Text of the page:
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Export Market Guide - India

This content is restricted to wine exporters and levy-payers. Some reports are available for purchase to non-levy payers/exporters.

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All regulatory information for exporting wine goods to India, including the regulatory environment, duties and taxes, and permitted additives.

Australia’s close proximity to India, in comparison to America and Europe, gives Australian exporters a slight advantage. Not only are there freight cost benefits, but diplomatic relations are fairly strong due to shared beliefs in democracy and common interests such as the Indian Ocean and cricket.

 

In 2006 the Government of India constituted a Food Safety Standards Authority of India (FSSAI) with the objective of consolidating various food laws and establishing a single regulatory agency. The principal laws are the Food Safety and Standards Act 2006 and its various regulations published in 2011. The Food Safety and Standards (Alcoholic Beverages Standards) Regulations 2018 came into force on 21 March 2018 with enforcement of the standard from 1 April 2019. The Food Safety and Standards (Labelling and Display) Regulations 2020 came into force on 17 November 2021. Imported wine must also comply with the Food Safety and Standards (Import) Regulations 2017.

The Legal Metrology Act 2009 and the (Packaged Commodities) Rules 2011 are administered by the Ministry of Consumer Affairs, Food, and Public Distribution. The Central Board of Indirect Taxes and Customs administers the Customs Act 1962, the Customs Tariff Act 1975 and the Finance Bill 2004.

The Australia–India Economic Cooperation and Trade Agreement (AI ECTA) now in force

The first reduction in tariffs on Australian wine occurred on 29 December 2022. Tariffs on premium Australian wine exports to India are now substantially reduced under the Australia-India Economic Cooperation and Trade Agreement (AI-ECTA). AI-ECTA provides an immediate cut to the 150% federal tariff on wine imports. Bottles priced between US$5.00 and US$15.00 will see tariffs reduced to 100% and 50% in 10 years. Bottles priced US$15.00 and over will see taxes reduced to 75% and 25% after 10 years.

When the AI ECTA came into force, a phased reduction of tariffs commenced for premium Australian wine imported into India. Import tariffs on wines priced above US$5 per bottle CIF value (cost, insurance and freight) are now at 95 per cent and will reduce to 50 per cent over ten years. Import tariffs on wines priced above US$15 per bottle CIF have also now reduced to 70 per cent and will reduce to 25 per cent over ten years. Prior to the reduction of tariffs, US$5 per bottle CIF roughly translated to AUD$8 per litre free on board, which would retail for approximately INR₹3,000 in most of India. While these price points currently represent a small portion of Australia’s wine exports, it is expected the AI ECTA will make India a more attractive proposition for small to medium winemakers who have not previously considered entering the market. Furthermore, the AI ECTA helps support dialogue about trade and technical matters relating to wine, further strengthening the relationship between India and Australia.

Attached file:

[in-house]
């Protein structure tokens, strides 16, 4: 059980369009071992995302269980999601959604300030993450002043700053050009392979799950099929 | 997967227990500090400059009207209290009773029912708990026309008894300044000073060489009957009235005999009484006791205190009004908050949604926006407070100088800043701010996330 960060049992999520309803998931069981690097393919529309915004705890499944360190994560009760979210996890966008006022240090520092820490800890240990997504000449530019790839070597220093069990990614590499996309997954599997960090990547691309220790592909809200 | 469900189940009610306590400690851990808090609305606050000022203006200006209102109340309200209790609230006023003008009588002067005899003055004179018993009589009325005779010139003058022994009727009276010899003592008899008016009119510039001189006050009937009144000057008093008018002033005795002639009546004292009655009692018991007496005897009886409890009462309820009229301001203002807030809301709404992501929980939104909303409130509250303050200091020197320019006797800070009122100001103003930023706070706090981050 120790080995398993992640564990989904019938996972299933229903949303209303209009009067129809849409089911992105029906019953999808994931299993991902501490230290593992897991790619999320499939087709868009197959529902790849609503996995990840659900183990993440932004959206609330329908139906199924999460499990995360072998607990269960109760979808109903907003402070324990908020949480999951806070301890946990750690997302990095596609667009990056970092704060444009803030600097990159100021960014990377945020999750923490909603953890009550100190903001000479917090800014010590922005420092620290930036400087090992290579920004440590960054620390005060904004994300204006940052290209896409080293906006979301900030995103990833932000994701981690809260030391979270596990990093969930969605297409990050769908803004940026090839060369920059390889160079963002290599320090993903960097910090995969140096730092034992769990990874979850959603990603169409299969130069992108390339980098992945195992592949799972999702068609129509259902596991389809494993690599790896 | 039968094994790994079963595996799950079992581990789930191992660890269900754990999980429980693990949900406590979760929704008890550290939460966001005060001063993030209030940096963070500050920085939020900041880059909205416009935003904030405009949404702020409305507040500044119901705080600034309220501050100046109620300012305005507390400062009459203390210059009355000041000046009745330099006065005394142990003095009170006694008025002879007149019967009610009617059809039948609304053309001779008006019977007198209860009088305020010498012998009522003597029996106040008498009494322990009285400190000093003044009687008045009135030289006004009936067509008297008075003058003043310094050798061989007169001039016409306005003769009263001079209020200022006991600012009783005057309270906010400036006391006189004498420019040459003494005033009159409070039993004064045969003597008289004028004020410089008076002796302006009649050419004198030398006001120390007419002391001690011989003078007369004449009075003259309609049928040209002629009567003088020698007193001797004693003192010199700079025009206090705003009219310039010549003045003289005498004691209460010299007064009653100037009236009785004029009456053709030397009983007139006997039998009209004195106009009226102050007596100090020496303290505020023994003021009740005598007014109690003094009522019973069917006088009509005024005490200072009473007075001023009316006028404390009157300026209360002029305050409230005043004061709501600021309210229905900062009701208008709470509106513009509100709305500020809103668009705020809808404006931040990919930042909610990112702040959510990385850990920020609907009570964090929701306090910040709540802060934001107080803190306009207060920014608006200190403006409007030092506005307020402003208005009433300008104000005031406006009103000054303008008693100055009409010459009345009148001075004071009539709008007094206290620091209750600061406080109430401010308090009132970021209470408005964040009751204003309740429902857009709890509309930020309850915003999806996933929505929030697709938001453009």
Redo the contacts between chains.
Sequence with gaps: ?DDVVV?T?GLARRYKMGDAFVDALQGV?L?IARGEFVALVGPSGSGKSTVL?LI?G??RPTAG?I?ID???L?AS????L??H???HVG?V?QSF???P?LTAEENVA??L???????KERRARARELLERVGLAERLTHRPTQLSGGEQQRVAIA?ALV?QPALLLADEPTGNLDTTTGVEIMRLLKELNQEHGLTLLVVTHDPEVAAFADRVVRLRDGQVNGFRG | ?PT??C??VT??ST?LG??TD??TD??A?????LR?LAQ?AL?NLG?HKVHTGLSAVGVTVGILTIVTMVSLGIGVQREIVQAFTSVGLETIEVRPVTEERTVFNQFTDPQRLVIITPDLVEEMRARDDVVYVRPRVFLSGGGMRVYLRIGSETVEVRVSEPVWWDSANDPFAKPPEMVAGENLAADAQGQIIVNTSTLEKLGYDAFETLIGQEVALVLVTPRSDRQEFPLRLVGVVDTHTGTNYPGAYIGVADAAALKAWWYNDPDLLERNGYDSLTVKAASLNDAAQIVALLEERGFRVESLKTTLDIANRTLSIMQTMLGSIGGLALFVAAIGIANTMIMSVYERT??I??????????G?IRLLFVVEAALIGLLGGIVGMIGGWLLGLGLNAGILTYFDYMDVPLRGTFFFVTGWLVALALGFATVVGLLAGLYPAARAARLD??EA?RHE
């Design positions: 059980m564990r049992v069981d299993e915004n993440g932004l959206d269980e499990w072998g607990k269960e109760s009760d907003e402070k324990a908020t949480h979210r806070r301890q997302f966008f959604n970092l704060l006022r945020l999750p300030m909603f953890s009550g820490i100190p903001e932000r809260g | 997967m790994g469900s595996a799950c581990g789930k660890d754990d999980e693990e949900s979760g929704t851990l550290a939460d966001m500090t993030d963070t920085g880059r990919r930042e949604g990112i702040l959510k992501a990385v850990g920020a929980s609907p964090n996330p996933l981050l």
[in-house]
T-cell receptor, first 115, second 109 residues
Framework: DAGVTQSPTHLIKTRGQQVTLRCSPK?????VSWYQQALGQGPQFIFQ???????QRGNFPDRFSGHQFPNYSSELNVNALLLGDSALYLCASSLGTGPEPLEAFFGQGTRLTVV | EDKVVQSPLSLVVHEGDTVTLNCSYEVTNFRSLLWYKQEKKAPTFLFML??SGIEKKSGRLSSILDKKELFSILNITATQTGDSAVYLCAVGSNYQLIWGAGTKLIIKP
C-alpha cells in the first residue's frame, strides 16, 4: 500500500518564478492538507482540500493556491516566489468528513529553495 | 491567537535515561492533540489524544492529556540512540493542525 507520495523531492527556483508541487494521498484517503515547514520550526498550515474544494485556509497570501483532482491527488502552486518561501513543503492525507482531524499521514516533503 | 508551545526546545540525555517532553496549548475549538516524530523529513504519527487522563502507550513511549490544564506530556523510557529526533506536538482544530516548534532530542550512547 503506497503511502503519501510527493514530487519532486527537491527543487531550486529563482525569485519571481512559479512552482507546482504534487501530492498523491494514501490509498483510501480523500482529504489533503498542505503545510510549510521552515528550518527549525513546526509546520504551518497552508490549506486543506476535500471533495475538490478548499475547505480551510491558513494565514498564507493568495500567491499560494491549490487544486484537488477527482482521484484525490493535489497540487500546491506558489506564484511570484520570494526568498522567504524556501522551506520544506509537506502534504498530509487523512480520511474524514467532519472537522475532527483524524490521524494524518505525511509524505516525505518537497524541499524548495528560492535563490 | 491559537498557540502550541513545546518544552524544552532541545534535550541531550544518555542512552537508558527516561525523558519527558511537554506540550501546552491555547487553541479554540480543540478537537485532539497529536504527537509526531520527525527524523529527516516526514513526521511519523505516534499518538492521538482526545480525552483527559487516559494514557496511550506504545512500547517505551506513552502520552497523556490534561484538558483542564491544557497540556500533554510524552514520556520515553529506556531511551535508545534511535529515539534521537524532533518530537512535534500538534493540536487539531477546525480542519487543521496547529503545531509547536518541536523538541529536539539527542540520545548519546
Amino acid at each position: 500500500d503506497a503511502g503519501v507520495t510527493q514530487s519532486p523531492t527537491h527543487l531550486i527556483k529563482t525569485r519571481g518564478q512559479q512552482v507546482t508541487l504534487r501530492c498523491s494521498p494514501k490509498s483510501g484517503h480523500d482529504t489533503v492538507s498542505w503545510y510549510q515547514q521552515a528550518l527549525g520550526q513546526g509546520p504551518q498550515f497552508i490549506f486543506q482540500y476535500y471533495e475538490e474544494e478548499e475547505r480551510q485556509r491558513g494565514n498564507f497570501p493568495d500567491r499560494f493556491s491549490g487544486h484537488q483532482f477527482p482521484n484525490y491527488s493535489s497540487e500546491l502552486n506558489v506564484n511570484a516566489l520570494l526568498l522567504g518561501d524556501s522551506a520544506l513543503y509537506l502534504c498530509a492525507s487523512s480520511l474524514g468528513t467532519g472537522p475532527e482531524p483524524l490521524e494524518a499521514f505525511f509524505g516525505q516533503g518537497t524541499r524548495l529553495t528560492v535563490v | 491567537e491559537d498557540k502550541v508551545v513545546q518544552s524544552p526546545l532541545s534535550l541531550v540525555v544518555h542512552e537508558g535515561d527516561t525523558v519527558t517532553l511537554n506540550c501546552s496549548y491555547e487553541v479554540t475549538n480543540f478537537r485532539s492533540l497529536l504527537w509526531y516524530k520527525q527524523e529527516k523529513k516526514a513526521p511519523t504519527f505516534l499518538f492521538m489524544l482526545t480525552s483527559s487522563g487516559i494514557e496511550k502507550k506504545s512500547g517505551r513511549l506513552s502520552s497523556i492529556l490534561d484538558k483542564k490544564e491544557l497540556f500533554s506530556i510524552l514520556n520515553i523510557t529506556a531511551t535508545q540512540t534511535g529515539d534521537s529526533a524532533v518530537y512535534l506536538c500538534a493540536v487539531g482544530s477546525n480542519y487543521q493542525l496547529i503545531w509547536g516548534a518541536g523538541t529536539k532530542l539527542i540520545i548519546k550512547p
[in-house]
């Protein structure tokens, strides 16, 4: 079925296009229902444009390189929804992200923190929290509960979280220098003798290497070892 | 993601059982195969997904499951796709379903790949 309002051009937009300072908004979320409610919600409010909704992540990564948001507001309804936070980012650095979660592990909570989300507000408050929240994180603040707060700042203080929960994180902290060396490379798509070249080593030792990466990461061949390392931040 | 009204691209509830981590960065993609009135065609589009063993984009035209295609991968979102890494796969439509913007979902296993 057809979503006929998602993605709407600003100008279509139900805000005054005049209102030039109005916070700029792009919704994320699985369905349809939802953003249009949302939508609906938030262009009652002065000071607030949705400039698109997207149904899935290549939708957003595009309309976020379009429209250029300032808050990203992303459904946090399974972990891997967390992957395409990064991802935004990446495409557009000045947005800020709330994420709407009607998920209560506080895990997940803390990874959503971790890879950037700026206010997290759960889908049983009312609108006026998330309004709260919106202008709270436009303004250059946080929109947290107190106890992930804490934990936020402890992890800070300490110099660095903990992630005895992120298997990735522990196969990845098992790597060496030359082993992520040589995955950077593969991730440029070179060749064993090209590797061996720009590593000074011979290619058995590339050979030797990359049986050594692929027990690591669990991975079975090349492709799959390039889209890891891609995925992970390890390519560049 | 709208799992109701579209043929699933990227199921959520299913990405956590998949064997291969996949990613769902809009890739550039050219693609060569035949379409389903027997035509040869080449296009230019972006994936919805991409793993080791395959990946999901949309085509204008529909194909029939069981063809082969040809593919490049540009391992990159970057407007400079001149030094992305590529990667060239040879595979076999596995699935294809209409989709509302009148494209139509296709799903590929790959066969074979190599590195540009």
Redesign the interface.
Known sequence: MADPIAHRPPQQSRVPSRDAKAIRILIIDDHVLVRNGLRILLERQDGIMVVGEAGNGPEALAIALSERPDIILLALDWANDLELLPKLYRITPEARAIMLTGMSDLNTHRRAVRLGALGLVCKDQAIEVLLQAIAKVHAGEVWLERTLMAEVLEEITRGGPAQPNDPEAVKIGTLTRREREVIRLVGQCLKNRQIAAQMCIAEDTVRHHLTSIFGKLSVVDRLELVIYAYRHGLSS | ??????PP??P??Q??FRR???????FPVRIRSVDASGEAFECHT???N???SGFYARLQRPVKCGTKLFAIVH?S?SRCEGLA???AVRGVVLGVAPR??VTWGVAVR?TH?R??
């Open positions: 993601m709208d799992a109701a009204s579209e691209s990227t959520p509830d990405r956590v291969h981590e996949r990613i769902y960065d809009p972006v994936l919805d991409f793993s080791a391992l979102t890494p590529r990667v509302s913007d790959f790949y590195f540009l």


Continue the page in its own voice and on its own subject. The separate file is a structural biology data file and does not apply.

According to Euromonitor’s Export Market Development Guidebook for India, wine consumption is expected to grow from 29.2 million litres in 2020 to 55.5 million litres by 2025, thanks to a rising middle class, increasing urbanisation, an inclination towards imported wine, and a shift in consumer preferences from hard spirits towards wine. In the 2021 calendar year, India imported 5.6 million litres of wine, up 84 per cent from the previous year. Australia was the main contributor to this growth.

In the year ending September 2022, Australia exported 3.6 million litres of wine valued at AUD$16.2 million free-on-board to India. This was an increase of 41.5 per cent in volume and 48 per cent in value compared to the year ended September 2021.

It’s important to note that India is a newly emerging market for wine, where consumption is currently is modest – even when compared to other alcoholic beverages. However, the wine culture in India is growing as consumers discover and learn more about wine and it’s exciting that Australian wines are part of this discovery.

 

 



This content is restricted to wine exporters and levy-payers. Some reports are available for purchase to non-levy payers/exporters.

Levy payers/exporters
Non-levy payers/exporters
Find out more

This content is restricted to wine exporters and levy-payers. Some reports are available for purchase to non-levy payers/exporters.